At the Heart of the Cost Share Program, ‘My Florida Farm Weather,’ Are Valuable Decision-Making Tools
Weather-related information is essential to Florida’s agricultural producers for making important decisions regarding the use of water for irrigation and cold protection. Since the mid 1990’s, The Florida Automated Weather Network (FAWN), a program of the University of Florida Institute of Food and Agricultural Sciences (UF/IFAS), has been providing a variety of weather-related tools that can aid growers in making irrigation and cold protection decisions. While proven useful to growers all across the state, some farms can be many miles from a FAWN site. Therefore, FAWN data may not always provide the local level of detail needed to ensure growers are operating irrigation systems during optimal times. For this reason, FAWN worked with the Florida Department of Agriculture and Consumer Services (FDACS) Office of Agricultural Water Policy to deploy a high-resolution farm based weather station network that provides growers with site-specific weather data that can be used to maximize water use for irrigation and cold protection.
Growers that are approved to participate in this cost share program, titled “My Florida Farm Weather”, can select one of several approved companies to install their weather station. Depending on the level of sophistication desired and how much they are willing to spend, growers might choose a system with research-grade sensors and equipment, or they might choose a more economical solution, which might consist of an “all-in-one” system like one that might be more commonly used as a home weather station. Regardless of the preferred system/cost, all sensors and equipment used in this program are high quality and sufficient for agricultural applications. Each weather station measures air and dew point temperatures, wind speed and direction, relative humidity, and rainfall amount. In addition, each grower is eligible for up to 5 additional temperature sensors to be installed in other locations on the property. Some growers have solar radiation sensors installed so FAWN can calculate evapotranspiration (ET) for irrigation scheduling with FAWN irrigation scheduling tools.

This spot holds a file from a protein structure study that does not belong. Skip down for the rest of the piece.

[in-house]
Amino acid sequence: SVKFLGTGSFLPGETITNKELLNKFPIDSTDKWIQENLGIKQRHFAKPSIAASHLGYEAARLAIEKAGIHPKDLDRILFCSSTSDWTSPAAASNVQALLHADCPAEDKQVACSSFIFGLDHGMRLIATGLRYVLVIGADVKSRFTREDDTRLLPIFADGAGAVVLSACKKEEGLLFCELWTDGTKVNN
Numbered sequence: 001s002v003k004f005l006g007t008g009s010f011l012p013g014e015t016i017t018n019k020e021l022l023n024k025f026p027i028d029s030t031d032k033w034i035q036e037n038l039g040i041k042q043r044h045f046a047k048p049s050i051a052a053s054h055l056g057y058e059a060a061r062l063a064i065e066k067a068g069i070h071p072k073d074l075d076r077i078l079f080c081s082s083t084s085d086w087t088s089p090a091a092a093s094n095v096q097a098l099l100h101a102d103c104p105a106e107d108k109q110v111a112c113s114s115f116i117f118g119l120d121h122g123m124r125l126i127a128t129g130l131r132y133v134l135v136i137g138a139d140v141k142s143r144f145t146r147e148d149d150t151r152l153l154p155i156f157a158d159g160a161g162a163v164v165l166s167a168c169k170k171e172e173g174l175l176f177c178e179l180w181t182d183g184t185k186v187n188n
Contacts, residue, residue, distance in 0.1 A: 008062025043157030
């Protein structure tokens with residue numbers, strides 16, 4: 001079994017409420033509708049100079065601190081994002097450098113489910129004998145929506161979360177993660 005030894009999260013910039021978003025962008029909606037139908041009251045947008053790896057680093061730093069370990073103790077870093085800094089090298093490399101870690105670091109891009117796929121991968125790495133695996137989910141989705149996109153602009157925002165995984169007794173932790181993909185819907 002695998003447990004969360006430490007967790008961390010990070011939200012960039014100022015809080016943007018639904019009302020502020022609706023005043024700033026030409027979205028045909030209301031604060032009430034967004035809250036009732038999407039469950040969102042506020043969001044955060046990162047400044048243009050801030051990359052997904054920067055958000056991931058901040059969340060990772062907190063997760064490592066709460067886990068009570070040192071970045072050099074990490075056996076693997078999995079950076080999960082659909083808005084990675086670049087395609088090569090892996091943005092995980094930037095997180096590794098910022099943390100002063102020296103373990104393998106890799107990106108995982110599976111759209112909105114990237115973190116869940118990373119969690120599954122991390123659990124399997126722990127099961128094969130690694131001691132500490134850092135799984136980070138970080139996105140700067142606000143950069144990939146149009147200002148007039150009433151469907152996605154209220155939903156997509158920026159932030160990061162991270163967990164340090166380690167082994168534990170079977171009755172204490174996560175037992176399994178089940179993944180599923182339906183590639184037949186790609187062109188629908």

Data are collected every 15 minutes from each station (~180 currently statewide), stored on FAWN servers, and displayed on a GIS-based map. From the map, users can access current and archived data, forecasts, and decision-making tools. Users can also overlay map features such as county boundaries, and even other data such as RADAR. FAWN also developed an app for the iPhone and Android platforms that allows users to view data and tools on their smartphone.
Decision-making tools are at the heart of this program. For example, the cold protection toolkit, accessible from both the website and smartphone app, guides users step-by-step through the decision-making process related to using water for cold protection. This toolkit takes the user from looking at multi-day forecasts all the way down in scale to tracking individual cold events through estimating overnight minimum temperatures, monitoring forecasts in real-time, evaluating evaporative cooling potential, and determining when running irrigation systems can be safely shut down. UF/IFAS estimates that using cold protection decision-making tools can save two hours of irrigation per cold event. These savings can translate into billions of gallons of water and millions of dollars statewide per cold season.
FAWN also uses data from stations equipped with solar radiation sensors (required for calculating ET) to calculate crop irrigation schedules for several crops. IFAS research has shown that ET-based irrigation scheduling can improve irrigation efficiency by 30%. Currently, a limited number of stations are ET-capable, but more are added each year.
Output from the My Florida Farm Weather cold protection and irrigation scheduling tools are based on real-time data from the more than 180 grower weather stations statewide. Real-time, site-specific data provide the best possible foundation for critical decision making. The My Florida Farm Weather program can be accessed from the FAWN Homepage at http://fawn.ifas.ufl.edu.
Story by WILLIAM R. LUSHER, director of the UF/IFAS Extension Florida
Automated Weather Network (FAWN).